Stallion’s Ansing Gustilo lofting one over Global’s Paolo Pascual from the half-line in 2011. Loyola coming back from 3-0 down to beat Kaya in the Cup semis. Air Force stunning Loyola in the Cup final later that year, thanks to Yanti Barsales’ dagger breakaway strike. Global and Loyola combining for seven goals a year later, and then Global winning the title by a hair over Kaya. 

I recall the joy of of seeing Air Force draw Loyola from two goals down with two late strikes that season, then get relegated the next year. Loyola won the Cup in 2013 in a heart-stopping 3-2 final win over Pachanga, as Stallion took the league. That was also the year when an Army player received a 6-month suspension for kicking an assistant referee. 

Last year was Ceres’ year in the league, but Kaya stunned Ceres in the Cup final in an epic shootout with Nick O’Donnell making a bunch of saves. But my favorite moment was Green Archers’ improbable 9-5 victory over Pachanga Diliman. That was also the time when Manila Jeepney schocked Ceres.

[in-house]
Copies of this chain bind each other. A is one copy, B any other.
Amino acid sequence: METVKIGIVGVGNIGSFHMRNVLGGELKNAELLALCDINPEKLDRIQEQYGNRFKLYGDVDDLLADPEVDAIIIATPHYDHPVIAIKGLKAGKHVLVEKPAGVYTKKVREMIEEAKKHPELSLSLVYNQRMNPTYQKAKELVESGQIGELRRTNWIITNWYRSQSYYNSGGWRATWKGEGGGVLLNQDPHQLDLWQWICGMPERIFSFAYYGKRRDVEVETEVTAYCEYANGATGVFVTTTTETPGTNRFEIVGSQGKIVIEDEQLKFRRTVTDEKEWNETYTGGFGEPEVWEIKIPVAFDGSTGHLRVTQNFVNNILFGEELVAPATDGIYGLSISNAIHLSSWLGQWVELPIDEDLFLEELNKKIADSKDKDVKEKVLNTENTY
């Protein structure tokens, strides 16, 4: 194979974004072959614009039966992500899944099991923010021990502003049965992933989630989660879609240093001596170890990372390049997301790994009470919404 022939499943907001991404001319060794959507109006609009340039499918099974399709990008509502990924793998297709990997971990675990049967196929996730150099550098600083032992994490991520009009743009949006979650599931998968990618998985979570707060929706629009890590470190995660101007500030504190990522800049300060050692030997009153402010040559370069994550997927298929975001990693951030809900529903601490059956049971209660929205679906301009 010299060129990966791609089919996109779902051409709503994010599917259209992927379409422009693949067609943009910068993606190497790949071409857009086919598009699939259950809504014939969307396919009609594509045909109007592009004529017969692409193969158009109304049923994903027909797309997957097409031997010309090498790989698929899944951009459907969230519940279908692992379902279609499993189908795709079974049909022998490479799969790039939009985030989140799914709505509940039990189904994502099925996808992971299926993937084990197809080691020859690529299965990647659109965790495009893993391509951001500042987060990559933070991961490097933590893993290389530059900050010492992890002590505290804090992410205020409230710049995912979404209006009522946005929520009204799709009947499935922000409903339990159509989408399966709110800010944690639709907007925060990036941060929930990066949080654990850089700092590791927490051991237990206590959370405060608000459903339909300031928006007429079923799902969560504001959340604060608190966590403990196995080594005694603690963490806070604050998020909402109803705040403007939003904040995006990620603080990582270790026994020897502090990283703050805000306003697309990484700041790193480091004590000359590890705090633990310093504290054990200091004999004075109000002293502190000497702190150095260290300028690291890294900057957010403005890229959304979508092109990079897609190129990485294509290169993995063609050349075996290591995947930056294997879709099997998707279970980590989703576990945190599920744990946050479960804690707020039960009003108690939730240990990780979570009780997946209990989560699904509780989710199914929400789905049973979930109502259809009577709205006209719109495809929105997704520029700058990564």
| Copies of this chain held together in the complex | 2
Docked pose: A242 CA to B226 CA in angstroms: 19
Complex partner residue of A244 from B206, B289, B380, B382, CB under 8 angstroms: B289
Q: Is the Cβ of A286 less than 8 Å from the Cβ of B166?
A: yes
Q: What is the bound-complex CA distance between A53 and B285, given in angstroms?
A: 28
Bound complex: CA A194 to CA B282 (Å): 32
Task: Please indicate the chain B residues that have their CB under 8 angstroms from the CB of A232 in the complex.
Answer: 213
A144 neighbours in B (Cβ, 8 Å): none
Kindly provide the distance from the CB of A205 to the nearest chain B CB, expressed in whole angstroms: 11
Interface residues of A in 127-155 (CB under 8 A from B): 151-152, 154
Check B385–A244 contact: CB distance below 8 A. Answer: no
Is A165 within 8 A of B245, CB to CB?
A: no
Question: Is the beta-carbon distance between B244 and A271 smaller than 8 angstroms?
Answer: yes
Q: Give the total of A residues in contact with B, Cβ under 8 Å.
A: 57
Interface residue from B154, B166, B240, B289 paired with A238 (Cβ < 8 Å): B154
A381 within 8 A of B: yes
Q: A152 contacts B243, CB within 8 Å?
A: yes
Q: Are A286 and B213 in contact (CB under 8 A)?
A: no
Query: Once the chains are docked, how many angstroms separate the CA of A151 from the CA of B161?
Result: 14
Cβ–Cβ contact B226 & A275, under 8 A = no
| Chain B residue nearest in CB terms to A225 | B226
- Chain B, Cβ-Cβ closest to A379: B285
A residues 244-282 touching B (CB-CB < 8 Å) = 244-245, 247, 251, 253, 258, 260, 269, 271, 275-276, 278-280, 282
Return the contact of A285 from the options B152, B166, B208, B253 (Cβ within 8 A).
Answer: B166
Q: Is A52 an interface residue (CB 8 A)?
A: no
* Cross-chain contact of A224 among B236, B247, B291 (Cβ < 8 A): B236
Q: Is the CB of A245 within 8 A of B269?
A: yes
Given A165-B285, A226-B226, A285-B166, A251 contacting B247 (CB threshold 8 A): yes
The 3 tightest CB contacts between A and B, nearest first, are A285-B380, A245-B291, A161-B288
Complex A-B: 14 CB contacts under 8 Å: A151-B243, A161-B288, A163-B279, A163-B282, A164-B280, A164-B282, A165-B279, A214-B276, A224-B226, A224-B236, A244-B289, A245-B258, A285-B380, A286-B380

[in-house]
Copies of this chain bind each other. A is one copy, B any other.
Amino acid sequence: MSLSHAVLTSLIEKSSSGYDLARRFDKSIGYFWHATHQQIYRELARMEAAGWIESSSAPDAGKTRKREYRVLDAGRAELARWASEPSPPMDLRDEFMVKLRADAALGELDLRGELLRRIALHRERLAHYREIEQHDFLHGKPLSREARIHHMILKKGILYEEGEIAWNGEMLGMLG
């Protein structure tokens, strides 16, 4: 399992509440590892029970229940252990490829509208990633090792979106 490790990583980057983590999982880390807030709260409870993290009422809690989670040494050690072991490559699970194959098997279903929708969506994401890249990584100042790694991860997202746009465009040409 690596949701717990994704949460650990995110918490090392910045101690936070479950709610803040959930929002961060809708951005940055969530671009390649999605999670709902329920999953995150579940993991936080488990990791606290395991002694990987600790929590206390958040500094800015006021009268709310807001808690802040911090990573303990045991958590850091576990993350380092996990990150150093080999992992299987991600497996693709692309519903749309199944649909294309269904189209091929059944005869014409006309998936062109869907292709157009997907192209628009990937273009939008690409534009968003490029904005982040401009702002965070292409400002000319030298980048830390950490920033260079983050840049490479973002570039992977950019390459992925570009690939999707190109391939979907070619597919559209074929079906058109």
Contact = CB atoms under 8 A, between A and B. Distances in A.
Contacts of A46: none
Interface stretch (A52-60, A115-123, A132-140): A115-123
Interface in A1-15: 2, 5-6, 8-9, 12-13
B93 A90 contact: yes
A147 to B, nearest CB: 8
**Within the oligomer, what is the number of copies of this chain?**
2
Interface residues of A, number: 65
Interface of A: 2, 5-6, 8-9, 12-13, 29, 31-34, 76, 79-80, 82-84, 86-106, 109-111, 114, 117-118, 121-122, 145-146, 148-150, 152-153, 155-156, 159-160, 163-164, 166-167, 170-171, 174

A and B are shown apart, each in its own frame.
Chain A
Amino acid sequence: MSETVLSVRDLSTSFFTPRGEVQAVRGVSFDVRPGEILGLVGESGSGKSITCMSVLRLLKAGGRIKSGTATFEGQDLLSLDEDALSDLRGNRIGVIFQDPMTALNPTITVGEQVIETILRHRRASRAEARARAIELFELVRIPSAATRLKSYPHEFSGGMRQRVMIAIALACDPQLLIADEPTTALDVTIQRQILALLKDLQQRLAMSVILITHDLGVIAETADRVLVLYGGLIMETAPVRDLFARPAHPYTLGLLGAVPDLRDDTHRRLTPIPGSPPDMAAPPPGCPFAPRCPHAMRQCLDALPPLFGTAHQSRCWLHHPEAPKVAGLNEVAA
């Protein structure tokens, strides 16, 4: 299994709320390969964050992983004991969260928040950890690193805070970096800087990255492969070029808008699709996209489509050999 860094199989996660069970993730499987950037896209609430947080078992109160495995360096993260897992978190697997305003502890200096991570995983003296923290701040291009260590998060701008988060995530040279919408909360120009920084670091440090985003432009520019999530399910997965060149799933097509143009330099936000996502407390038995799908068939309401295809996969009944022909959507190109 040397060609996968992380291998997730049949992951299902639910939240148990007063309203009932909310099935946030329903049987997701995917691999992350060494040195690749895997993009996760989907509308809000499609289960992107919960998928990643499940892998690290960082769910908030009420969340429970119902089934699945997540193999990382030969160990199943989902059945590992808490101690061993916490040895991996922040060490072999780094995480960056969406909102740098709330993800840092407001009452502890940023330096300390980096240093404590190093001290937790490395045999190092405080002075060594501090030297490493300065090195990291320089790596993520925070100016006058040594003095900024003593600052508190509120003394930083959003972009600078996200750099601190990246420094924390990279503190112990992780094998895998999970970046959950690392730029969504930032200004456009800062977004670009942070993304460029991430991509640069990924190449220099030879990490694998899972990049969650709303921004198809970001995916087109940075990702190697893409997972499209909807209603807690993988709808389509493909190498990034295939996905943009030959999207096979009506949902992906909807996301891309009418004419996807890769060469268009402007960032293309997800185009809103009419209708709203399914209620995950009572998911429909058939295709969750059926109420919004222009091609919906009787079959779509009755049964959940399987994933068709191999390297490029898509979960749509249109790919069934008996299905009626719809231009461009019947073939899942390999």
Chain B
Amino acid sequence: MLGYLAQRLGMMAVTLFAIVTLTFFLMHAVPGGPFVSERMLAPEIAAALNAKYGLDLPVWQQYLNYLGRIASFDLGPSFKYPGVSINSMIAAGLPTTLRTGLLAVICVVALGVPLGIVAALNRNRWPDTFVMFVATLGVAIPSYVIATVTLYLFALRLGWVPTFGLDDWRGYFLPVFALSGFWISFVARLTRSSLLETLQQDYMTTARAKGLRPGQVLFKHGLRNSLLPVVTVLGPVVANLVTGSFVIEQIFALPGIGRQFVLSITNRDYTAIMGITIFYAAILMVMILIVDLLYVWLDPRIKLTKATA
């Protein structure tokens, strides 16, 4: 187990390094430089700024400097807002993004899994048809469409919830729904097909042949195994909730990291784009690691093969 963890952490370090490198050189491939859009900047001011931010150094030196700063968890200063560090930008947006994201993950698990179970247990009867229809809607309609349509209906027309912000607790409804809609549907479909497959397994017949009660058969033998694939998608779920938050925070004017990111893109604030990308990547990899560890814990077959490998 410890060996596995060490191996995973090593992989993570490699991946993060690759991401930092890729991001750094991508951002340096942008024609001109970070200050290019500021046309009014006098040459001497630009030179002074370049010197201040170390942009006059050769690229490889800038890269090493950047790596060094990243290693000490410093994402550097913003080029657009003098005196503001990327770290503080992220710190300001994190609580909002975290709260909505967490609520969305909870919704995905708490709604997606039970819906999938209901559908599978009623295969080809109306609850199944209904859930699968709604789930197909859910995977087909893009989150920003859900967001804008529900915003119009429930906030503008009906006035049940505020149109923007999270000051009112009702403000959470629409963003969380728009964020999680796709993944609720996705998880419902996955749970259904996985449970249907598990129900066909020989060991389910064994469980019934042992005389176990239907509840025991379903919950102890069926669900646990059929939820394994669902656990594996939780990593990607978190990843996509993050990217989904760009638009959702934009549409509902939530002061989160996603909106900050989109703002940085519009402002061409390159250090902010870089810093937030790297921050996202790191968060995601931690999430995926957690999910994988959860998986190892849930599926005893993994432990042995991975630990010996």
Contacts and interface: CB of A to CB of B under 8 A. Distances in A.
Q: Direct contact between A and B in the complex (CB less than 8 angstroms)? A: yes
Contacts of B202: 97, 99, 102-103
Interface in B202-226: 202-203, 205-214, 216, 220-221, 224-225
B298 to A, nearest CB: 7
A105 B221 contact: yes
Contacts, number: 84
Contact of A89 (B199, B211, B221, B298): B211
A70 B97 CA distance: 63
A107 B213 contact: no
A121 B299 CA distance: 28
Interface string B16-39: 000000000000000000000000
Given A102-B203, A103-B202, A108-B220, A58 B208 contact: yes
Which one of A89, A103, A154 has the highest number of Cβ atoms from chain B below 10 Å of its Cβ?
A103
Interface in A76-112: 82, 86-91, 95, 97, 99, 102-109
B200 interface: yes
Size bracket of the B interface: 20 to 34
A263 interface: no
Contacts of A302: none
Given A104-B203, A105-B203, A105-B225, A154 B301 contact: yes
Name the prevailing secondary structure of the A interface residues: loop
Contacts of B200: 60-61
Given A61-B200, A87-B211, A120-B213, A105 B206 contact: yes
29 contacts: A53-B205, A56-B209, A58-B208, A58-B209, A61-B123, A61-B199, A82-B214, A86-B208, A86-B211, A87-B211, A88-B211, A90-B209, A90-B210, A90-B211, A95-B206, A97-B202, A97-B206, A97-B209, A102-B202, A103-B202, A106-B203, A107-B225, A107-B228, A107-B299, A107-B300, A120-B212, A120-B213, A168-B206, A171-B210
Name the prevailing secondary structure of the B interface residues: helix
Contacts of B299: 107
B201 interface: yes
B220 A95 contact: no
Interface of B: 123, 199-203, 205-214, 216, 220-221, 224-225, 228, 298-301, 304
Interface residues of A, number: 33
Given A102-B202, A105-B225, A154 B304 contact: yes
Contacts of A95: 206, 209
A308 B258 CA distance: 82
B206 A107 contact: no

The UFL may have not had a big fan base, but those of us who did go to games knew it was a good show week-in, week-out. If we never see the UFL again, it will live on in the sepia-tinged recesses of our minds. 

The UFL was an important stepping stone in the development of football in our country. Let’s hope for something bigger and better as the Philippines Football League arrives. – 

Follow Bob on Twitter @PassionateFanPH